Edward Maynard was awarded 23 firearms-related patents during his life. In 1845, he invented a percussion priming system, which was later used to convert flintlock firearms. The U.S. government bought Maynard’s patent, called the Maynard tape primer, and equipped the military with new percussion priming pistols and rifles. Maynard invented a percussion breech-loading rifle, the Maynard rifle, in which the ammunition was loaded at the rear rather than from the muzzle. Maynard was married twice. Three of his daughters by his first wife were baptized at Epiphany on Christmas Day 1862. His second wife was baptized on Christmas Eve the following year. His 19-year old son and namesake was buried from Epiphany just after the Civil War ended.

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May 5: Bernard Francis Shinkman, III (2008)

From his time as a student at St. Mark’s School in Southborough, Massachusetts, Bernard Francis Shinkman, III took the nickname “Buck” and that’s how he was known the rest of his life. The youngest child of Paul and Elizabeth Shinkman, Buck was a native Washingtonian. Following St. Mark’s, Buck went on to earn a B.A. at Dartmouth College. Often, a person’s tombstone can summarize their life’s accomplishments. The three things inscribed on Buck’s stone at Rock Creek Cemetery are: Diplomat – Veteran – Editor. As a diplomat, he was a press and cultural affairs officer with the U.S. State Department with assignments in Ghana, Serbia, London, Philippines, and Canada. As a veteran, he served in the Vietnam War, gaining the rank of lieutenant in the U.S. Army Signal Corps. As an editor, Buck performed that role in London for Benn Brothers, his family’s publishing company.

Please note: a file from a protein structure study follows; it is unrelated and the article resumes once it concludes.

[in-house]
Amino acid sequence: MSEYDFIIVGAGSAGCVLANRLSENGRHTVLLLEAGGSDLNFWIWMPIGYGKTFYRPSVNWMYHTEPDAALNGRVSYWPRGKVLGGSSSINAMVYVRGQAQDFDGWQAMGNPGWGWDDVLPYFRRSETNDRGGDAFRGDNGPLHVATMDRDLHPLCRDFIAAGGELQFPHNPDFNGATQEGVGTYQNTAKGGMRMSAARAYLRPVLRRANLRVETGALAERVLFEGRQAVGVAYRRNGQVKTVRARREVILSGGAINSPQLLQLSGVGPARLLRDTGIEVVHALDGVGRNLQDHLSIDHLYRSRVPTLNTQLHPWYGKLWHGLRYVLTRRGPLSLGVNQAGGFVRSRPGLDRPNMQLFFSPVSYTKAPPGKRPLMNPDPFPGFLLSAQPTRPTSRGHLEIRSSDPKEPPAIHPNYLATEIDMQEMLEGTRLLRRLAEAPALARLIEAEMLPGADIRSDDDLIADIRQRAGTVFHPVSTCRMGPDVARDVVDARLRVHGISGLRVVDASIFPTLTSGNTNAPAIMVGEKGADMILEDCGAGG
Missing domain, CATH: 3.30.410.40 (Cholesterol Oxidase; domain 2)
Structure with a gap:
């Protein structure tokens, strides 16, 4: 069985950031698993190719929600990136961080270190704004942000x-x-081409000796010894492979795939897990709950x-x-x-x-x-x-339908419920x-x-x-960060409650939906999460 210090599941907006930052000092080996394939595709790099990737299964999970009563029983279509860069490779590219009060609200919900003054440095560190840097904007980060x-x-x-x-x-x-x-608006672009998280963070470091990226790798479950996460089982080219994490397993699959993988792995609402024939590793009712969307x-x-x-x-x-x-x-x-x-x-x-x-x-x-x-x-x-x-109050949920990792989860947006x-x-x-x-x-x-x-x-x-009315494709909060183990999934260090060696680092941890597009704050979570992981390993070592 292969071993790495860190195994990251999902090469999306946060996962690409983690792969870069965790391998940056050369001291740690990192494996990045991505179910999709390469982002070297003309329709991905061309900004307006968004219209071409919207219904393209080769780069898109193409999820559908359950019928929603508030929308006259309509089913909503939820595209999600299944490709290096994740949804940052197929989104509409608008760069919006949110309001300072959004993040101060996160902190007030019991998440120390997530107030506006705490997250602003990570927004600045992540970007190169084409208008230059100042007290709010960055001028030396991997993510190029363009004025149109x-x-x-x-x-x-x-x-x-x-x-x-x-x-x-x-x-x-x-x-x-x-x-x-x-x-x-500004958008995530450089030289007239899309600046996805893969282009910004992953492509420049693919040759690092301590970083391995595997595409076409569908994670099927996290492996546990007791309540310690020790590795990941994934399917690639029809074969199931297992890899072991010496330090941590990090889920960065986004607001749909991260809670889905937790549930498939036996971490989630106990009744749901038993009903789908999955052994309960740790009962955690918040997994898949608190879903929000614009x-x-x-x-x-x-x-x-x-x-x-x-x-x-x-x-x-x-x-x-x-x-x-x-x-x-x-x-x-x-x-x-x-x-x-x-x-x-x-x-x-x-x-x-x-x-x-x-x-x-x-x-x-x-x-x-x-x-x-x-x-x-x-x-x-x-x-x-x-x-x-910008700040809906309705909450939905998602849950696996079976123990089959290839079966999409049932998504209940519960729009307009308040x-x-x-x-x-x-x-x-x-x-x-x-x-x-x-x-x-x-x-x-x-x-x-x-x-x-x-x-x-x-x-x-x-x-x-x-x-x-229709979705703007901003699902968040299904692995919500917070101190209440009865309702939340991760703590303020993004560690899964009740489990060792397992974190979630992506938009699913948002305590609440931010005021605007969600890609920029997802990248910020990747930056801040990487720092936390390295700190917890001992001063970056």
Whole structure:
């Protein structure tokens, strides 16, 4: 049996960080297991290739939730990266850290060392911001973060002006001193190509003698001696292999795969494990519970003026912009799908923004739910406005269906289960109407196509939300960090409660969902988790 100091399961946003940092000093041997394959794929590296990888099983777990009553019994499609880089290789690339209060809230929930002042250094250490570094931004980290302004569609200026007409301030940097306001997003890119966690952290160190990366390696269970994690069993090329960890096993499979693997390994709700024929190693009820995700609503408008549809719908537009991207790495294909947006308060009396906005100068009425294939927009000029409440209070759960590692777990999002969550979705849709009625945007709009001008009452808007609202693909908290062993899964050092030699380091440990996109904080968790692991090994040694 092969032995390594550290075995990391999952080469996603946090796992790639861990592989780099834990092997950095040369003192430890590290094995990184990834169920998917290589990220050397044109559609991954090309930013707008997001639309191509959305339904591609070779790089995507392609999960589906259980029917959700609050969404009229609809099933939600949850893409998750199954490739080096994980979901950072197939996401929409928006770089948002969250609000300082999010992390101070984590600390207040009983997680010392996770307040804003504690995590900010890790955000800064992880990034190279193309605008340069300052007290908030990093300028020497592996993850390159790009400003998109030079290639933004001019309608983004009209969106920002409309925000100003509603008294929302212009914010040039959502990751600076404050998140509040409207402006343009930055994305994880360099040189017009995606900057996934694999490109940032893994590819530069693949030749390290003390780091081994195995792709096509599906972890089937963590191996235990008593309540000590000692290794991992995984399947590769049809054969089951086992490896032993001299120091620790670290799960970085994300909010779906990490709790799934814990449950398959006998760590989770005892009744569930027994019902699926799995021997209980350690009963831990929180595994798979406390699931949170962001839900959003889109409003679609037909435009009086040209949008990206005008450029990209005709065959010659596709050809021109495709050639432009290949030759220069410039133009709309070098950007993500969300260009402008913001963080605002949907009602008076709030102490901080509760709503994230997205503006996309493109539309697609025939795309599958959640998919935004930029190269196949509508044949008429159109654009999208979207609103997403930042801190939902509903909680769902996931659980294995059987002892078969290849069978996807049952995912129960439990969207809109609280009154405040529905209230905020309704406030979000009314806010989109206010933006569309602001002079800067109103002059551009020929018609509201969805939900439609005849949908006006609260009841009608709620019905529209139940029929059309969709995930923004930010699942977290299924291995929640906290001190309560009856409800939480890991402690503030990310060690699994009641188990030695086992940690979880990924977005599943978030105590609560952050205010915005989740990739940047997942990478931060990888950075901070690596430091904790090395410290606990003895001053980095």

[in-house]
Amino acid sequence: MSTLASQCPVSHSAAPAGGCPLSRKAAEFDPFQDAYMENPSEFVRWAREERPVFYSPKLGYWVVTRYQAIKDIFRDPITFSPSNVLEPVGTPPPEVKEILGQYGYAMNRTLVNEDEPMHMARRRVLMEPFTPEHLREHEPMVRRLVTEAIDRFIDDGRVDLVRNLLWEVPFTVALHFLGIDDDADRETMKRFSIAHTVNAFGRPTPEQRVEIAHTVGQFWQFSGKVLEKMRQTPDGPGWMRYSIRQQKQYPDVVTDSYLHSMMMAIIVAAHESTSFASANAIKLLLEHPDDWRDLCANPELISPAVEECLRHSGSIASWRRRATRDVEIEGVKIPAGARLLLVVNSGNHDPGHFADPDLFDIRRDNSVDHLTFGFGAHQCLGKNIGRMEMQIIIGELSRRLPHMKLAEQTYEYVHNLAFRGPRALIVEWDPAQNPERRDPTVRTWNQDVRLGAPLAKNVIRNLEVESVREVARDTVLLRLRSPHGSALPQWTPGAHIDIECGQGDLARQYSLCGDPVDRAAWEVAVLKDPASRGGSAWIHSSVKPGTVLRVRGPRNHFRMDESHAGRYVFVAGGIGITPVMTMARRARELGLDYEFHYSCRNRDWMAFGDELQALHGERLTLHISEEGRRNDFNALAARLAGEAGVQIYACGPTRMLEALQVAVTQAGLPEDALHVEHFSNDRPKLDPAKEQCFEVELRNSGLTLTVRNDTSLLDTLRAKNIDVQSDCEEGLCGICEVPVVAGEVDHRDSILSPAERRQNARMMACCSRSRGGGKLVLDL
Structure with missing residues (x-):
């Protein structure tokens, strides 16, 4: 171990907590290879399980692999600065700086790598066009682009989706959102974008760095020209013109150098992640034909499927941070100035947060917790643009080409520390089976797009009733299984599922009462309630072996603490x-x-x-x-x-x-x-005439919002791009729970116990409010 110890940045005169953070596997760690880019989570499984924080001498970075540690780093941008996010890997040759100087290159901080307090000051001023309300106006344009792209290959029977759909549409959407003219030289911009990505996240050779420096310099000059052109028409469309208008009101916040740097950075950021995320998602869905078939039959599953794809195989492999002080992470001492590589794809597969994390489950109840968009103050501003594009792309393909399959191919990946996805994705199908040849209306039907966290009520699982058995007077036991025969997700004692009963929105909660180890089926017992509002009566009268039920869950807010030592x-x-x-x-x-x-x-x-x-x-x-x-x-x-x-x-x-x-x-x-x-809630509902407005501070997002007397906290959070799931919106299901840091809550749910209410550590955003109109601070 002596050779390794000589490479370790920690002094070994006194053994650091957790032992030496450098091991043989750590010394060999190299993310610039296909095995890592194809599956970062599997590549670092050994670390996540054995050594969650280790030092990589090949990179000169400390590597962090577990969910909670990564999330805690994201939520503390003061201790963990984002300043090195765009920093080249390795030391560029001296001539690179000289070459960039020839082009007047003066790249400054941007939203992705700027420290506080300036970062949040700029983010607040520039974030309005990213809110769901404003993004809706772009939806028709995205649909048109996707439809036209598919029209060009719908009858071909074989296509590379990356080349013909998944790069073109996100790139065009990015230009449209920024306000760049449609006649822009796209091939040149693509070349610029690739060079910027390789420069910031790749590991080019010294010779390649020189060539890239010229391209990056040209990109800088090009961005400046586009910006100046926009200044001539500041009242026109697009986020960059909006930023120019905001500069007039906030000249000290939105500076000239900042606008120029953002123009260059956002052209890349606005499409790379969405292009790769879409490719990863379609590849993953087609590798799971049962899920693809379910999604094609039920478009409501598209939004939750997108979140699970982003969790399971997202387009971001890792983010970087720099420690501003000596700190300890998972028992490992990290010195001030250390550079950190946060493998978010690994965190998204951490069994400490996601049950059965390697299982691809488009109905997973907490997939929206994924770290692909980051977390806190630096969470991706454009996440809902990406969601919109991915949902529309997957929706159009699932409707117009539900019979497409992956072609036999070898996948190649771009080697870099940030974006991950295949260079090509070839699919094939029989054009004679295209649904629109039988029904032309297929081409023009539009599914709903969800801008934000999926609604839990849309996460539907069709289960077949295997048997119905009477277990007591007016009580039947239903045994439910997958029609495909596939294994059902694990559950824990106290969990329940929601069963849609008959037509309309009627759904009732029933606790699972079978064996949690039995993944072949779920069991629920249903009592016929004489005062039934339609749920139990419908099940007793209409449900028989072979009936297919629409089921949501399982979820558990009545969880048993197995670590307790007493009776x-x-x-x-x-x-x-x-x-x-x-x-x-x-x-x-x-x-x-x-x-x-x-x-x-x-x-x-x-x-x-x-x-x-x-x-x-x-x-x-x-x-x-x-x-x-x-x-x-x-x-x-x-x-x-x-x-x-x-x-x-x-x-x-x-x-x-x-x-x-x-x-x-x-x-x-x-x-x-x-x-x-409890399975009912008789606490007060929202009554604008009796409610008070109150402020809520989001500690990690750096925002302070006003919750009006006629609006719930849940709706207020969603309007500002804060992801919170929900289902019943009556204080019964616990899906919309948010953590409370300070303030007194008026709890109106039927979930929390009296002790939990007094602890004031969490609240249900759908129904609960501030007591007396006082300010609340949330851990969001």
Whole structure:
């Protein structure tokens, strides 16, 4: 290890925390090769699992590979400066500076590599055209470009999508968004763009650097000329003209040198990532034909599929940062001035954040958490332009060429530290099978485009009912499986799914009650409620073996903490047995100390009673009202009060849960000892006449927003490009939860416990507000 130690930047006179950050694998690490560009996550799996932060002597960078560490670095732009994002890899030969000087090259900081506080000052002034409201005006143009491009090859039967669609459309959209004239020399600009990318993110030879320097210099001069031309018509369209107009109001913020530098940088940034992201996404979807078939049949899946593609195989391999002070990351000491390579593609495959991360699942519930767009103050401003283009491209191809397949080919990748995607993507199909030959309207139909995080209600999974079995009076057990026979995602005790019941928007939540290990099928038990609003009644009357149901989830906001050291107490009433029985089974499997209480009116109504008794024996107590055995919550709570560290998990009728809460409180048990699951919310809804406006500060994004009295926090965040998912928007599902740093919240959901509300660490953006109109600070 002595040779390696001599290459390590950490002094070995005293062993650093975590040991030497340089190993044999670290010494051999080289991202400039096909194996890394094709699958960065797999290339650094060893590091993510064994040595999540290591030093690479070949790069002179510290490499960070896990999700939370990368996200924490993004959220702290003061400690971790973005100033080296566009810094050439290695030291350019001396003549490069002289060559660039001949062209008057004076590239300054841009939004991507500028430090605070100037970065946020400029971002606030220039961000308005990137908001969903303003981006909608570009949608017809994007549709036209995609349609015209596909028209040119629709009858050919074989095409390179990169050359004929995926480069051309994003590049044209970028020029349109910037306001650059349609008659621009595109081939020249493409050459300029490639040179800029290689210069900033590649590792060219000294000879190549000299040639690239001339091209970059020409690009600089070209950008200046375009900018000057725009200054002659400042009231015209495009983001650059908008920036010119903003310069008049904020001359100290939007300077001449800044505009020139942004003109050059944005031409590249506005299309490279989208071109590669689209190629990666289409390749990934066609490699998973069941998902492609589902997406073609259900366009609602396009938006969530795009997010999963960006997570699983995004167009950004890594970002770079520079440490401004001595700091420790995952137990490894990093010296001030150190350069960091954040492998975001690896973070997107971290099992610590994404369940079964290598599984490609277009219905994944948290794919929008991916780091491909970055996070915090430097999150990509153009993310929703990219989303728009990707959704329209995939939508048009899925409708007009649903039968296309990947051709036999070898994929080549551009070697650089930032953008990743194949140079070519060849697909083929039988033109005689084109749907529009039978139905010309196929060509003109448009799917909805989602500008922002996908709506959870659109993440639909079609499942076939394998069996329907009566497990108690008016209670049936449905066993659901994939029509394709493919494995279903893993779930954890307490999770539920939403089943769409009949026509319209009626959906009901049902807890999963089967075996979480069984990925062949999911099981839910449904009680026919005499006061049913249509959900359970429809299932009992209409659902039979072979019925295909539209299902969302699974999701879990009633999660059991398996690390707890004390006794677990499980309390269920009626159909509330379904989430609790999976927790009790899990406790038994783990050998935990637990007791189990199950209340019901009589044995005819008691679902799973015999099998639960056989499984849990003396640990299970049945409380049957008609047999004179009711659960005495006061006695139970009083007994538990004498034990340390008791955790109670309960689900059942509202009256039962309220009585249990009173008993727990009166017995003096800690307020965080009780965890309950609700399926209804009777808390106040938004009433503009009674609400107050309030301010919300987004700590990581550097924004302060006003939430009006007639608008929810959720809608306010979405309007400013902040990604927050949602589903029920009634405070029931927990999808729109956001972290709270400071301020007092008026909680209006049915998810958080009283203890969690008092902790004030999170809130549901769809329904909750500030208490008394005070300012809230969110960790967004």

Buck’s deep and abiding faith was exemplified in his connections with church activities wherever he was stationed, from the Episcopal Youth Group at Dartmouth to his ministries at Epiphany whenever he was in Washington. One additional inscription on Buck’s tombstone is the phrase, “Live to Ride.” Buck was a Harley-Davidson enthusiast for decades and raised thousands of dollars for the Muscular Dystrophy Association by asking colleagues to place bets on the last day of winter he would brave the cold to ride his cycle to work. After Buck’s passing on May 5, 2008, a memorial service was held at Epiphany at which time family, friends and colleagues gathered to remember a life well lived.